Pastors Should Be Theologians


There are Christians in every generation who forlornly assume that their generation, beyond any previous generation, has at last hit bottom. After a year like 2020, that may seem especially true. Though we’re not certain our generation is really any better or worse than the ones that have gone before, it’s true that our generation faces intellectual challenges never encountered by our forefathers in the faith. The waters we sail are uniquely choppy.

We face questions related to race, Christian nationalism, politics, human cloning, new definitions of marriage, gender reassignment, the advent of social media, computers in our pockets more powerful than what NASA used to put the first man on the moon, religious relativism juxtaposed against militant Islam, an ever shrinking social and economic global community, an increasingly post-Christian West, the rise of the “new atheists,” and more. Few if any of these threats existed before. So we need careful theological and intellectual leadership.


In past generations, such leadership was primarily the domain of the church’s bishops and pastors. But since the Enlightenment, the pastoral community has increasingly quit the field. The university professor has replaced the pastor as the assumed theological leader of the church. Pastors, we are told, care for people, preach sermons, visit the sick, and provide spiritual counsel. Professors, on the other hand, stay above the fray so they can have time and space to think deeply and write penetratingly about the pressing intellectual questions of the day.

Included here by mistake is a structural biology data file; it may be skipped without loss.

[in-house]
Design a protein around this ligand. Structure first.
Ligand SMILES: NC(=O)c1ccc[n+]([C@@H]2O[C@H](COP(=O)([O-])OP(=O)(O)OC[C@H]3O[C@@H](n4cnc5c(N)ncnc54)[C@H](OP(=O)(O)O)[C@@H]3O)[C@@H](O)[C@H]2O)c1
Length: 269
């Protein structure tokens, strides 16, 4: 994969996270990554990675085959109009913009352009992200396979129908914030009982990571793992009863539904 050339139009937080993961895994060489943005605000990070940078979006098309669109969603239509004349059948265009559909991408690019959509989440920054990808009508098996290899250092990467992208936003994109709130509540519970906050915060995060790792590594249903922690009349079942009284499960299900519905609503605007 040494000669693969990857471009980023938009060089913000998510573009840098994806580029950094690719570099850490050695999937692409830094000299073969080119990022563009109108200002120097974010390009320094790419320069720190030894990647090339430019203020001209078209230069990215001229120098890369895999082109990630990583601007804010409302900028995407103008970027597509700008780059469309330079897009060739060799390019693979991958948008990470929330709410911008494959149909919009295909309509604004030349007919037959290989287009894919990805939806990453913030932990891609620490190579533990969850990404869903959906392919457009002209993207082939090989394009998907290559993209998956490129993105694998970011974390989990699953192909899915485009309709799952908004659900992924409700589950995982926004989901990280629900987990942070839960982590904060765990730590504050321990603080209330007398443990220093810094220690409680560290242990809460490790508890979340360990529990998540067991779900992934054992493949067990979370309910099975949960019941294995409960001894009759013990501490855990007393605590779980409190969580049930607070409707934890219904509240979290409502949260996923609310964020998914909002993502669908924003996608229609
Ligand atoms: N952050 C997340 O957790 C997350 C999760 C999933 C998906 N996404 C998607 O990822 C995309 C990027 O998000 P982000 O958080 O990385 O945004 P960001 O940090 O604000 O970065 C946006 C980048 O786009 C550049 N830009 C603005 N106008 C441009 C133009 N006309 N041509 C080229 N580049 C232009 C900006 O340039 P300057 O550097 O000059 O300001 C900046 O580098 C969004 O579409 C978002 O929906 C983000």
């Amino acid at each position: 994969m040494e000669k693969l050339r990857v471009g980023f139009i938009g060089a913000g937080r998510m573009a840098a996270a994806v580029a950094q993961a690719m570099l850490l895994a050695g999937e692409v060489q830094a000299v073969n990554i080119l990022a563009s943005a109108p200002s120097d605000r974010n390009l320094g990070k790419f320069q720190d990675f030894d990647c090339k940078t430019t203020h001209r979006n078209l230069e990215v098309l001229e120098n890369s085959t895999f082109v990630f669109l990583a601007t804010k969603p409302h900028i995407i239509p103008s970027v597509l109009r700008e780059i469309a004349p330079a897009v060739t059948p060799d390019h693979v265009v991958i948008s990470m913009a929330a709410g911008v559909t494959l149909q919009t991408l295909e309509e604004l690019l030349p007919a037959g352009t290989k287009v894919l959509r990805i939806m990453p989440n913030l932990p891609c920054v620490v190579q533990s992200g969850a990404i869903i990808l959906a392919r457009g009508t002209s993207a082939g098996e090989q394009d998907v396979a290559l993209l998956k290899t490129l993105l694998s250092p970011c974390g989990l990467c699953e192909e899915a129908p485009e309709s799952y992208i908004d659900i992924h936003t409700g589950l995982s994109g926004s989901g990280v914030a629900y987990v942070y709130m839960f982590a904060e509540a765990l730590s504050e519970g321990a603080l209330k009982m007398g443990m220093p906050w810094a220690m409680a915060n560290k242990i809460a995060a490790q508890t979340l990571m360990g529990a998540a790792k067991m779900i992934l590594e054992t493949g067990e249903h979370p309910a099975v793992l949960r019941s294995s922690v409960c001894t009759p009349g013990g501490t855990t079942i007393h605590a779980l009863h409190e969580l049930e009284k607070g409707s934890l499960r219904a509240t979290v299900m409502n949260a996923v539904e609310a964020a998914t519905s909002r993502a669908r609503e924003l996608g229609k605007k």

The primary problem with this division of labor, of course, is that Scripture establishes pastors as the theological leaders of the church, however much they might think they have delegated this responsibility to the academy (e.g. Acts 20:28-31; 1 Tim. 1:3; 6:3; 2 Tim. 1:13; 4:3; Titus 1:9; 2:2,8; Heb. 13:7). The driver of the bus may wish to delegate his job to the guy sitting in the second row, but the duty and responsibility of driving the bus remains with him all the same. [1]

The capacity of the people of God to think theologically and Christianly about immigration, ISIS, transgenderism, gay marriage, critical race theory, the possibilities and perils of social media, human cloning, and global warming does not come from what the professors in the universities are saying, but from what their pastors are (or are not) saying. This is not to minimize the important work being done by academics in the universities and colleges. But the burden of leading the church theologically (with all the attending inevitable ethical implications) is a burden that rests squarely upon the shoulders of the church’s pastors.


Theology, as a discipline, has the primary function of answering questions that the church needs to answer. Because pastors have largely abdicated this responsibility, too many of our churches are theologically anemic and therefore ill-equipped to face the brave new world in which we find ourselves. And insofar as post-Enlightenment theologians now reside almost exclusively in an academic location, Christian theological reflection at the highest levels has tended to become ecclesiastically anemic, too often disconnected from the real concerns on the ground.

We write deeply about interesting ideas, but we’ve forgotten why those ideas are, in the end, important. It has been well said: “A Church without theology impoverishes and blinds, but a churchless theology melts away into caprice.” [2]